- The Tang Ping Movement: Asia’s First Steps Towards Financial Independence - October 4, 2021
- Let’s Go Exploring! Atlantic Provinces Part 1: Halifax - September 20, 2021
- Why Freedom Can Be Scary - August 30, 2021
“Oh good, the Communists are here,” said nobody ever.
WRONG. Because that’s what the Hungarians thought. Seriously. They took one look at Soviet tanks rolling into Budapest and thought “Good times are JUST around the corner now!”
Ah, Hungarians. Sweet, innocent Hungarians.
The thing is, I don’t blame them. Well, not completely. Because after being terrorized and subjugated by Nazis, it’s difficult to imagine things getting worse.
Difficult, but apparently not impossible.
Stalin: “Hungary must be punished.”
Not something any country wants to hear, least of all a country right next to the USSR. You see, in 1941, Hungary took one look at the landscape, sandwiched between Nazi Germany and the USSR, realized it had to choose sides. So they shrugged, flipped a coin, and the coin turned up WRONG.
They sided with the Nazis.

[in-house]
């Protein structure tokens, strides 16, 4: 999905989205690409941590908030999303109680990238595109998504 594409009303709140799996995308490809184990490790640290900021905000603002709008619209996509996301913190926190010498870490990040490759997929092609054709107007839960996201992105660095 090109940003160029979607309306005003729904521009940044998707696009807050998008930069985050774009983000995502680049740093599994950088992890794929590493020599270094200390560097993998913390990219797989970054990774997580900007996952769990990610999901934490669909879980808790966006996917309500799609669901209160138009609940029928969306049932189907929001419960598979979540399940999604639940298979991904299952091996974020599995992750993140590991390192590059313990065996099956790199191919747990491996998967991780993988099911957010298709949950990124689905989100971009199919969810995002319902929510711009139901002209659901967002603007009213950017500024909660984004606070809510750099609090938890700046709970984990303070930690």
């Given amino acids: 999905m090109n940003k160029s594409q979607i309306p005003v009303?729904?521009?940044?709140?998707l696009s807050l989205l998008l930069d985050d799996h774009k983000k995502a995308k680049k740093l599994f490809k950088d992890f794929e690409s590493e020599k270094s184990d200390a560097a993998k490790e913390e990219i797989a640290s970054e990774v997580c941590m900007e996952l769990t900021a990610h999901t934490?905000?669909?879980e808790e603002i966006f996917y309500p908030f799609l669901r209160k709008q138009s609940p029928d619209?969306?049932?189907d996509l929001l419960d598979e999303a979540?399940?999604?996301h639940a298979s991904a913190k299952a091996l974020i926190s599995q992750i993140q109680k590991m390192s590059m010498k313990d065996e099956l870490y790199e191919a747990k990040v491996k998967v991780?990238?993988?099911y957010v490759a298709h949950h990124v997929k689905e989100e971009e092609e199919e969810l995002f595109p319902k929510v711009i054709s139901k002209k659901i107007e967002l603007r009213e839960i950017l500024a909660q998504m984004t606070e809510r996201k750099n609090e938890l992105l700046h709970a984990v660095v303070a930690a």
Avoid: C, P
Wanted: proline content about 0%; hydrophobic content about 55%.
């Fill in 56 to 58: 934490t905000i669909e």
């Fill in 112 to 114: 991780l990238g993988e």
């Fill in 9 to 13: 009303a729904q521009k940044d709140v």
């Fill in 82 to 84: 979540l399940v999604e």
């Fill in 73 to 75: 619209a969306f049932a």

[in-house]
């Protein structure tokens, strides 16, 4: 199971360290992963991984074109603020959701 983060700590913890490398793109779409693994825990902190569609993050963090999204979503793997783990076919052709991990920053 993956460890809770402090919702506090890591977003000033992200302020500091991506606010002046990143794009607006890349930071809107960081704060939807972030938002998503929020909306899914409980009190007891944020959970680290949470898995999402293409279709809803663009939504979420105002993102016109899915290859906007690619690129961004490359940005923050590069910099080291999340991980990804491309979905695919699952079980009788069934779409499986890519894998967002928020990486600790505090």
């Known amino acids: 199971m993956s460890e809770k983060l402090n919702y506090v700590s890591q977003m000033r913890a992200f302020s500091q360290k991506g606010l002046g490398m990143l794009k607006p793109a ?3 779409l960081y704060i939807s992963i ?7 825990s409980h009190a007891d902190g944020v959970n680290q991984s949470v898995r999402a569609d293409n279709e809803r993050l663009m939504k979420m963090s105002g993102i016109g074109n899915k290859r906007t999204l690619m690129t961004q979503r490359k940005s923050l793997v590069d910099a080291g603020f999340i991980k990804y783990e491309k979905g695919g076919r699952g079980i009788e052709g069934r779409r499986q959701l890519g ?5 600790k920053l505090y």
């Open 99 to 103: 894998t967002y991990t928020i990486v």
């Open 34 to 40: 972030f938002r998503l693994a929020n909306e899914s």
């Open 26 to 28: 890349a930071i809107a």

By 1943, as it was becoming clear that maybe that wasn’t such a great idea, they tried to switch sides by secretly negotiating with the Allies. The Nazis found out, of course, and imposed a brutal rule over the country in an effort to keep Hungary in line. And once Germany was defeated, Hungary was kinda sorta hoping that the resistance they put up would count for something when the new bosses rolled into town.
It did not.
There’s a saying among Hungarians:
The Fascists want to kill you, but the Communists make you want to kill YOURSELF.
Good times. This is the most traumatizing fact we discovered while visiting the “House of Terror” in Budapest, Hungary.
Considering how the Fascist regime only lasted less than a year, while the Hungary Communist regime lasted 40 years, I can believe that.
“The House of Terror” museum was originally the headquarters of the Nazi secret police…until the Communists took over and turned it into a prison for torture and executions.
So it’s basically the worst building in the WORLD. Though today, it’s a pleasant day out for a couple looking to spend their day perusing all the ways Hungarians were treated like shit.
One particular story that stuck out in my mind was of a prisoner, who’d been forced to endure 10 years of hard labour in the coal mines.